Since I started as your Pastor in January 2019, together and separately we have learned, changed, evolved, deepened and widened our sense of what could be.

Of course, not everyone was up for new songs, metaphorically or literally, but those of you who stayed and those of you who have come since, are all a part of the collective chorus. Thank you. 

Part of what drew me here when I began a nationwide search, knowing it was time to leave my own familiar behind, part of what drew me here, and part of what keeps me going and continues to give me hope in a time when almost weekly there are articles about the church in decline, but part of gets me out of bed each day and what drew me here is that our church is willing to take risks, for new people, new ideas, for new ways of being. Becoming Open and Affirming in the 1990’s when that was not as hip, welcoming refugees and immigrants from at least three countries over the years, protesting war, pushing for legislation aiming to prevent gun violence, and so many other bold, out on a limb, beautiful actions, not because they were comfortable, but because all of these things are part of being faithful. It's inspiring to be connected to a courageous crew, that is you.

Thank you for being a part of evolving our statements and our structure, our worship and our website, our way of showing up in the digital world. Thank you for being a part of evolving our work for justice and having the courage to leave the ease of the status quo behind by removing part of our lawn (okay this was radical at the time) and planting a garden and removing our sense that thoughts and prayers were adequate by building the guns to gardens safe surrender movement.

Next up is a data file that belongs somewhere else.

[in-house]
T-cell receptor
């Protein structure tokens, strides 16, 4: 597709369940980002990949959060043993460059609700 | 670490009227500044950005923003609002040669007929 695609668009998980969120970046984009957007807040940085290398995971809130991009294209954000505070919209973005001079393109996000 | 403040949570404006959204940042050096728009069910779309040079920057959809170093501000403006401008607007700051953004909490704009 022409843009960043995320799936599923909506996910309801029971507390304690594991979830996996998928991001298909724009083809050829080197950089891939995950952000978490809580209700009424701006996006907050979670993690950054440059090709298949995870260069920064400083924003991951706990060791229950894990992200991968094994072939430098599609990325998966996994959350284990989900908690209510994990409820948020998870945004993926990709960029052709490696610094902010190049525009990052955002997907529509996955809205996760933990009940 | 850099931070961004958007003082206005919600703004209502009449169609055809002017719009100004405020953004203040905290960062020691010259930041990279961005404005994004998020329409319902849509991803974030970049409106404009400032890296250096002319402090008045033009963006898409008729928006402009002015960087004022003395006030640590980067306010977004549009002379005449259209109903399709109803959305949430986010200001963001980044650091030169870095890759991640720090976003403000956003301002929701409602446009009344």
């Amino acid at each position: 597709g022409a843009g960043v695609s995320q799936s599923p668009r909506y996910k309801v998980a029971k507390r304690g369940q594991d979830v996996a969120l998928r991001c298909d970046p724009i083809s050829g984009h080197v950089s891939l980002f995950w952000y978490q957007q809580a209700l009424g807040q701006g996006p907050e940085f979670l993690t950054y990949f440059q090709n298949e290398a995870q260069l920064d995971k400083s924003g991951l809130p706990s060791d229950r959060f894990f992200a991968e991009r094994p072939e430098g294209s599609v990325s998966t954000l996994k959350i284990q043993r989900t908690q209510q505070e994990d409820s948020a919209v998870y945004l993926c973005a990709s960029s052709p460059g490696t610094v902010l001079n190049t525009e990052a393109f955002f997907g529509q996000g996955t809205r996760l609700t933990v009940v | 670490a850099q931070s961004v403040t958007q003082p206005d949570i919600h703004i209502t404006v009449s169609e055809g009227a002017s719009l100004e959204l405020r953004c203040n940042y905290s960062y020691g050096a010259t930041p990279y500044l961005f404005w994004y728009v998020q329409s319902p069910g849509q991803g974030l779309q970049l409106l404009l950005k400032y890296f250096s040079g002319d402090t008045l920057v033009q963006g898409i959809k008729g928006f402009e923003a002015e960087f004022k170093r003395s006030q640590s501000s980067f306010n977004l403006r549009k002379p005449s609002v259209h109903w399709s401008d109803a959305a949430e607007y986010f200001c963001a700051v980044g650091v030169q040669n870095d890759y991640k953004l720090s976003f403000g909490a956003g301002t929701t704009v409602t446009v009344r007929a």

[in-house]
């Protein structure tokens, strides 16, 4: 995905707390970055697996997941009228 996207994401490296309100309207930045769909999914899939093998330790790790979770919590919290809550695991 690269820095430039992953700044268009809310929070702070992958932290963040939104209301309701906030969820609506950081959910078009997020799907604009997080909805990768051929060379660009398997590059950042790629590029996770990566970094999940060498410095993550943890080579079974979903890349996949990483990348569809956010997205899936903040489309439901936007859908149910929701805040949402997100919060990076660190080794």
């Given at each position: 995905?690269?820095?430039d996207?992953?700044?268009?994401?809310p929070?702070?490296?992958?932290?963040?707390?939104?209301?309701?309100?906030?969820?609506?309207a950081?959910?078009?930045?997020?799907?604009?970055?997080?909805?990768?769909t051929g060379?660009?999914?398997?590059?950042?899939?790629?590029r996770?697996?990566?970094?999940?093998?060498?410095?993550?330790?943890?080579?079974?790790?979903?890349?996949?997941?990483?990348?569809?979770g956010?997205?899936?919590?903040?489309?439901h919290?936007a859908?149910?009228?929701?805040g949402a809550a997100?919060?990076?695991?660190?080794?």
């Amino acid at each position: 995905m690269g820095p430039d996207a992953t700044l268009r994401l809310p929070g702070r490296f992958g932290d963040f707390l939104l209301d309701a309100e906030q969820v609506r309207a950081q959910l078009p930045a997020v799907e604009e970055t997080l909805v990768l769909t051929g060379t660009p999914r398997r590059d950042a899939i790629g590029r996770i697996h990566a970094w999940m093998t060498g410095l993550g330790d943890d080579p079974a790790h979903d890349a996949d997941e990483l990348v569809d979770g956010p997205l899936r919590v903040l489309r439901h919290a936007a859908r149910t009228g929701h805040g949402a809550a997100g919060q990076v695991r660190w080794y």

Thank you for being open to retreats and community office hours and events and being a site for bringing people together for a shared purpose or just for fun. 

Thank you for being open to my own evolutions as a preacher and a teacher, thank you for supporting experiments and for being open to my “What about this?” 

Thank you for supporting me in figuring out when to lead from behind, beside, and here maybe sometimes even from the front. 

We changed our vision statement to note that we care about an ever-evolving view of the Holy and I think our culture here is that this is true about other things as well; it is healthy and holy to evolve- even though you might not know that if you talked to the average Christian in this country. 

I think it is holy when we get more information, have new experiences, share life with new people and new ideas, we are blessed to be open to changing, changing our thinking, our way of doing, our way of being, singing new songs of all kinds.

As we heard from John O’Donohue, “Perhaps the art of harvesting the secret riches of our lives is best achieved when we place profound trust in the act of beginning. Risk might be our greatest ally.” 

Thank you for being both rooted in history and reaching fully and completely into this moment right now. It is an honor to be your Pastor and to continue to sing a new song with each of you!

Do you see being open to change as essential to your spiritual journey? How do you sing new sings in your life? Is change something you embrace? Have you ever held onto something that wasn’t working, just because you knew what to expect? And to you who are a part of our worship on the livestream, you are invited to journal or discuss with those in your home or ponder on these same questions.


COMMUNAL REFLECTION 

Beloved of God, let us keep singing new songs individually and collectively! Thank you for being willing to evolve with me. May it carry on. May it be so. Amen.